INTERNAUT

A few words from the sponsor: Banner ads pack less punch

Shawn P. McCarthy

Government Web sites are taking a cue from commercial sites and using banner or showcase ads to tout themselves, their services and their work products.

It is not really creeping commercialism in the manner of, say, public television. Some federal Web managers don't even use the word ad. They say they're simply highlighting what's available. But they obviously have been picking up visual ideas, splashy graphics and quick links from commercial sites.

Ads can be a great way to tout new government sites, online reports, or details of new programs and collaborations. They are especially useful for marketing items such as books or reports. If an agency already charges for such publications, advertising to boost sales is a logical progression.

To see a good example of how one agency does this, visit the Commerce Department's National Technical Information Service, at www.ntis.gov. Look at how many products are highlighted at the left of the page.

Government sites that want to push products via Web ads should study the lessons that commercial sites have learned. The fact is, banner and showcase ads'the small ones that load at the left or right'are losing their effectiveness.''

The model of banner advertising is to distract users while they're trying to do something else. Maybe visitors come to your site looking for statistics about left-handed pine-cone pickers in Southern states. They get nothing from a front-page ad on your new report about home freezer distribution in Alaska.

Passing through

Is it a good idea to force-feed an icon to everyone and hope that those who look for a particular item will notice and click? Most Web surfers have gotten very good at focusing on their targets. The click-through rate for banner ads reportedly hovers around 0.5 percent, and some of the clicks are mistakes.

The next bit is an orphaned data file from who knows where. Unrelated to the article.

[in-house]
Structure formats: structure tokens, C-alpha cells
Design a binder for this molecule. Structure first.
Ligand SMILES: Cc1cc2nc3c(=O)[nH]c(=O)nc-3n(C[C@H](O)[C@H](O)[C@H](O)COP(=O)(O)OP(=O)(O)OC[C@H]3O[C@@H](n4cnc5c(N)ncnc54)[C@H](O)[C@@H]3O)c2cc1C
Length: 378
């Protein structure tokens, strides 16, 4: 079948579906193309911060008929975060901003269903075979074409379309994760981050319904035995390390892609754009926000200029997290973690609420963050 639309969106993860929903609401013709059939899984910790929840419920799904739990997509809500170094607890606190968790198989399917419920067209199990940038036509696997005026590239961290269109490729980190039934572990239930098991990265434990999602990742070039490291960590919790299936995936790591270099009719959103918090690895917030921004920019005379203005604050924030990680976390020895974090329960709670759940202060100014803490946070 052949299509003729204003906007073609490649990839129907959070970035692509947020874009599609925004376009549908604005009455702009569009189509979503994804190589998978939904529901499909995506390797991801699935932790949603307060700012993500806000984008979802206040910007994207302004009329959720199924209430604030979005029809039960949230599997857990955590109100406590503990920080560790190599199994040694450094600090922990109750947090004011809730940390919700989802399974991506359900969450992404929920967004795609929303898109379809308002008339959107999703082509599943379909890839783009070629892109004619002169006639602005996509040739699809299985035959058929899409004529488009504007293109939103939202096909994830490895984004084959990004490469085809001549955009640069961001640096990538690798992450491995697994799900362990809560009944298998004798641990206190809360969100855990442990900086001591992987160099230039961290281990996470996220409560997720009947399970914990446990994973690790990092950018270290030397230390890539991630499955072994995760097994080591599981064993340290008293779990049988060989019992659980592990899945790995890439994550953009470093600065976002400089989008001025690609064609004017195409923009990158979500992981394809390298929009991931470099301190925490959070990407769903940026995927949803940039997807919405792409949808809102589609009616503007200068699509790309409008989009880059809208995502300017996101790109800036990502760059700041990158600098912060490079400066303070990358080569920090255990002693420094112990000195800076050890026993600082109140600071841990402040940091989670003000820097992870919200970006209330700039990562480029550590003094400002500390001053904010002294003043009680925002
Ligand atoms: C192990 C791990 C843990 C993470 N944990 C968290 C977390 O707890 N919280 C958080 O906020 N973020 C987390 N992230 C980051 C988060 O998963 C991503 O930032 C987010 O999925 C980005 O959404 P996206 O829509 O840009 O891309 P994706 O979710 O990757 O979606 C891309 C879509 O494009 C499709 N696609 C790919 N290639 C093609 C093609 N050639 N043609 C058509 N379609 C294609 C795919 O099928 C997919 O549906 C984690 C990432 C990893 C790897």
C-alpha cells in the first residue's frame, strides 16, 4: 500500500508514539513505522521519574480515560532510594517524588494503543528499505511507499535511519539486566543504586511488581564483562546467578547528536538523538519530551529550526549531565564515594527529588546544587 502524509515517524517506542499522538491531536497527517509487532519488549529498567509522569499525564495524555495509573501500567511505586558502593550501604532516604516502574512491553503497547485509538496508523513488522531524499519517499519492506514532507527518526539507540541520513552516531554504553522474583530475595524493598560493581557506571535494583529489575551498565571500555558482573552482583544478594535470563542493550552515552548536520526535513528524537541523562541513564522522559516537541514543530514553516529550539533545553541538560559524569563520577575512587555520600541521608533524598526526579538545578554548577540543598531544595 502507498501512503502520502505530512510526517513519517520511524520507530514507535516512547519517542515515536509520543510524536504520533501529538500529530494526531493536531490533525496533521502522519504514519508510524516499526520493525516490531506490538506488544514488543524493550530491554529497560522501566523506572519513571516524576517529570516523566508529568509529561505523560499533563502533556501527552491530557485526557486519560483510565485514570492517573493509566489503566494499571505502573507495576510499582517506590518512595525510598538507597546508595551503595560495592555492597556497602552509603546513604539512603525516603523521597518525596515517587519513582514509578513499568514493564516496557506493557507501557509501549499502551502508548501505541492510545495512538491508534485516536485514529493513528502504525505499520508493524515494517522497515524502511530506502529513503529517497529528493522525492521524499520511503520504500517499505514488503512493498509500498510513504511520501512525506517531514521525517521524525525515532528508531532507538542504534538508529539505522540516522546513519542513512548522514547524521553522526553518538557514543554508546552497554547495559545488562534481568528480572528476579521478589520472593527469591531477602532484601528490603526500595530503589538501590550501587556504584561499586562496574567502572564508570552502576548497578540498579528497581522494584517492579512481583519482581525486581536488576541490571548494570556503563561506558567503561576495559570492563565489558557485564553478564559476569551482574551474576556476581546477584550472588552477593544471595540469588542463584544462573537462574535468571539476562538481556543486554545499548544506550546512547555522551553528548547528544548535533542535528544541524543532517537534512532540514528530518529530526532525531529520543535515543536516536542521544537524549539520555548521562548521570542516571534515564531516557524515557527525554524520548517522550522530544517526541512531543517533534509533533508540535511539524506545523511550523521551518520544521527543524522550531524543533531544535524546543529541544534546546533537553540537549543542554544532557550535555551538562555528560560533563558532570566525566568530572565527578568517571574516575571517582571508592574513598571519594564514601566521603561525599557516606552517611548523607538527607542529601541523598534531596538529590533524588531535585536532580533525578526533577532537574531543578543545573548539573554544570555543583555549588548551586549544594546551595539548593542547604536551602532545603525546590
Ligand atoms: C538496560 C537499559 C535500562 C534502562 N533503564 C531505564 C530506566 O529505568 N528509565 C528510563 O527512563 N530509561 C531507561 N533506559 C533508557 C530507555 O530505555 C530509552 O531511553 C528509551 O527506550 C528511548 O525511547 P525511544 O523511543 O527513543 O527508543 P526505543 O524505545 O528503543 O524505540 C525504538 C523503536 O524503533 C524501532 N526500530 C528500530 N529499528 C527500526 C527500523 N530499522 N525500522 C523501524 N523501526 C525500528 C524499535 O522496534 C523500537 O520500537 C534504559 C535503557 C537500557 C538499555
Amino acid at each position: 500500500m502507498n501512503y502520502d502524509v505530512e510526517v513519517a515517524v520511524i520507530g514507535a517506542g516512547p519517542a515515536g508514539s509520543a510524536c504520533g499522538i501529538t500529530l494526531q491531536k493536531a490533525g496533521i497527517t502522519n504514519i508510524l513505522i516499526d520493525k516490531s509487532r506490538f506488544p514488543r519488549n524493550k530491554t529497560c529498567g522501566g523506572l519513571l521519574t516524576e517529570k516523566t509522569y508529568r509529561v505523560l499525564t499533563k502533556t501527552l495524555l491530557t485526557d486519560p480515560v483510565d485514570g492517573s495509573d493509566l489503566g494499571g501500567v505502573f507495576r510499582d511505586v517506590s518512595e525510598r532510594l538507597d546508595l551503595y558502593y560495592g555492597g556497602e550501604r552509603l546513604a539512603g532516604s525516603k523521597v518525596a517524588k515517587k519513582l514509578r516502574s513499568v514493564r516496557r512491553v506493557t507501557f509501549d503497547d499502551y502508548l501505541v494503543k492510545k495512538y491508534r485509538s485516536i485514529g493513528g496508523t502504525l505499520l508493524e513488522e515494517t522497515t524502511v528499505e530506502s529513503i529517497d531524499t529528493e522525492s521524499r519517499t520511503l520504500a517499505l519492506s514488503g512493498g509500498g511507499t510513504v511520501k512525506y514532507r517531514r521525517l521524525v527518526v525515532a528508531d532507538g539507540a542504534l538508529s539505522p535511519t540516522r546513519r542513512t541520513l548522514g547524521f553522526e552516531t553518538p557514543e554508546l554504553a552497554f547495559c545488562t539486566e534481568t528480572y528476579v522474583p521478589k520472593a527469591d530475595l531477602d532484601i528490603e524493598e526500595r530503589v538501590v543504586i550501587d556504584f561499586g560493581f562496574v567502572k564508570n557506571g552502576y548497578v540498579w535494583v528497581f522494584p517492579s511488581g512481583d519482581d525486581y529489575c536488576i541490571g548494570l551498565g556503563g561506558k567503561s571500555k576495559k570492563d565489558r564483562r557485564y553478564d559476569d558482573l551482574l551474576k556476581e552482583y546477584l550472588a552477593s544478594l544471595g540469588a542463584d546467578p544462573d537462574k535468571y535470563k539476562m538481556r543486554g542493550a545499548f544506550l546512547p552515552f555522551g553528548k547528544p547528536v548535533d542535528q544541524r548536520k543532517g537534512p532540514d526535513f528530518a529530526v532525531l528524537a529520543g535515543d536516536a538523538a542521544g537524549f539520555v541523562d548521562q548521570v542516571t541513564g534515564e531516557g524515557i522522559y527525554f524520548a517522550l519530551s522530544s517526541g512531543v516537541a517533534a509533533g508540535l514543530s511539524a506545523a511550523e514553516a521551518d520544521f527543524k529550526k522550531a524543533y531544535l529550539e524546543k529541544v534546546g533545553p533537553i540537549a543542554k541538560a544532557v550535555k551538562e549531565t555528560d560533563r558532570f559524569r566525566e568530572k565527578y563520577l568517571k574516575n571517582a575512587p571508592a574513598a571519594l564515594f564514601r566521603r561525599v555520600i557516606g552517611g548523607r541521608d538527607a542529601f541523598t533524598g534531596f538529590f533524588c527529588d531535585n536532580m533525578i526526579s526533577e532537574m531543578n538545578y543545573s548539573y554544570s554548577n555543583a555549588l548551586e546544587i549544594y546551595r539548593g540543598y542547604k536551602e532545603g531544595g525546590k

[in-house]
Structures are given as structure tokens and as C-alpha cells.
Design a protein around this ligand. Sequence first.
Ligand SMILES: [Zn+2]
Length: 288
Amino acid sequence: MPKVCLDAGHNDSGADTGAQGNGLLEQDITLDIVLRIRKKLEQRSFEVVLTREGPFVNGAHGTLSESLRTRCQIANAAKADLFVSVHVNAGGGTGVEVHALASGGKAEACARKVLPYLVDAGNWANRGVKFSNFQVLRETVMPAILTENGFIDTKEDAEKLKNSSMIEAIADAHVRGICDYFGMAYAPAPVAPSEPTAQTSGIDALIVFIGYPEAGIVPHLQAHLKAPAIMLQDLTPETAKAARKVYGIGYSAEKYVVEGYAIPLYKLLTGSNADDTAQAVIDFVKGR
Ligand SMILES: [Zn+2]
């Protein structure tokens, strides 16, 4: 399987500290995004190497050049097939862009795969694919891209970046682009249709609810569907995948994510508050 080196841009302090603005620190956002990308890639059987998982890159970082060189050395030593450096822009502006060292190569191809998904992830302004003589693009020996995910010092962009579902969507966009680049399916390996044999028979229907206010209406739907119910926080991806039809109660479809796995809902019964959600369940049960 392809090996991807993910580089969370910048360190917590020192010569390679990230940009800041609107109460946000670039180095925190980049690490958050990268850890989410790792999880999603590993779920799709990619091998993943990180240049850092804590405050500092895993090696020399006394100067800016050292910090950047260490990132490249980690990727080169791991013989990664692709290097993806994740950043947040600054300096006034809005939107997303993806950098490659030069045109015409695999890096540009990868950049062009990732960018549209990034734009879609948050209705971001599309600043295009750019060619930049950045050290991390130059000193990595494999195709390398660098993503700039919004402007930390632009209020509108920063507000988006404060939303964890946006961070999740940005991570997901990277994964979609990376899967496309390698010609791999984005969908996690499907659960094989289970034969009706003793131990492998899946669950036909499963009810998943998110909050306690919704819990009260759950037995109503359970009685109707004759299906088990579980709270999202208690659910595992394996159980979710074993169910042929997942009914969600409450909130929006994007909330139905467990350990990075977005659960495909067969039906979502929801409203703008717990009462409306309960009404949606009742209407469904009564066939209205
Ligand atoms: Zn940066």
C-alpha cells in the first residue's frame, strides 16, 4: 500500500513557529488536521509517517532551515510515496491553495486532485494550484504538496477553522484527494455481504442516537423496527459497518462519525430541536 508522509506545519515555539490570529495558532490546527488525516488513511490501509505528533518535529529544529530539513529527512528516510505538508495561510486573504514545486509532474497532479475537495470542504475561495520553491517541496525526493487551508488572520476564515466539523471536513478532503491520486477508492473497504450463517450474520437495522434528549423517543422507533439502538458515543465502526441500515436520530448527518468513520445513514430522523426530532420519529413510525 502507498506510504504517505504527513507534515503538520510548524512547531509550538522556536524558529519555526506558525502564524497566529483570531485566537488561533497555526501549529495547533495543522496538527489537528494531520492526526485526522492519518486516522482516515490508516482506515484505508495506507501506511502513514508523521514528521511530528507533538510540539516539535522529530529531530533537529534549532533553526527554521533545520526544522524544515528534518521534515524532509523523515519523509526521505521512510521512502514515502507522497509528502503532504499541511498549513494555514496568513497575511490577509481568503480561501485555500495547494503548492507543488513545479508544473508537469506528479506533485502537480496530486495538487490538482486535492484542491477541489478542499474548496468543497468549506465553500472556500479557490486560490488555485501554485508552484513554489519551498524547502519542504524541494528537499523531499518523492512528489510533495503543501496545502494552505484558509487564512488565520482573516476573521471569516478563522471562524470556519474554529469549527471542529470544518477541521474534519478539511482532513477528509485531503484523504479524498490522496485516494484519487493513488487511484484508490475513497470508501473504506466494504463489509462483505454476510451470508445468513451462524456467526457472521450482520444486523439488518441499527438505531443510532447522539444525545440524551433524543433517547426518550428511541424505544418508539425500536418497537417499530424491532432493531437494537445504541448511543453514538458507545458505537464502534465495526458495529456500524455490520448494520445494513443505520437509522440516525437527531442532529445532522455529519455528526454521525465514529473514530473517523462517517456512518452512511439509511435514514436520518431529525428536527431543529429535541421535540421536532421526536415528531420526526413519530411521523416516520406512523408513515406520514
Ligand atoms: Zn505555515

An art director for one Internet commerce site recently told me that surveys, and his own experience, indicate people have grown weary of wasting their time online. They scan quickly for specific information, ignoring areas of each page that they deem unproductive.

Obvious ads are often thought to be unproductive, whereas embedded text information about sponsorship and links is considered acceptable and is more effective for guiding users to a specific product.

As people focus closely on their targets, your agency can be more effective by designing ad links that mesh with the targets. Ask yourself what visitors want from your site. Spend the time to break out ads into a series of banners, boxes and links spread over strategic areas of the site. It's more work and maintenance, but the effort will pay off.''

The Web is the first paradigm in which the searcher's transaction occurs within the medium itself. Previously when people heard of something via newspapers or television, they had to travel, write or call to obtain it. Now they can make a purchase or download the data as soon as they find what they seek.

Even when visitors to your site aren't purchasing anything, the same rules apply. If you've done any user testing on your site, you begin to see how people commonly execute certain tasks. If you haven't done any user testing yet, do it. As an insider, you're too close to the design to know whether it works as you thought.

Once you learn how visitors navigate, channel them as fast as possible to the things they're looking for. Links that look like ads may still be the best way, but you might end up shuttling visitors to wrong areas or losing them altogether to other links.

The marketing concept of brand mentoring means that both you and your visitors are aware of a certain esthetic about a product and how people relate to it. Brand mentoring works for Coca-Cola, Barbie or the Apple iMac, but it can be tough to apply to agency products such as statistical databases or trade reports.

But keep the concept in the back of your mind as you work on site design. The experience of looking for information on your Web site is altering your agency's public face. How well citizens understand your mission is too important an issue to ignore.

You will become most effective when you can identify exceptions to general rules. Sometimes it's possible to tell what visitors are looking for, even when they don't know it yet, by the way they click through the site. In analyzing visitor logs, you can see the click-streams that lead to your most popular information.

That's when you will know how to make the most effective use of ads, letting citizens complete their searches before you try to distract them with other information.'


Shawn P. McCarthy designs products for a Web search engine provider. E-mail him at smccarthy@lycos.com.

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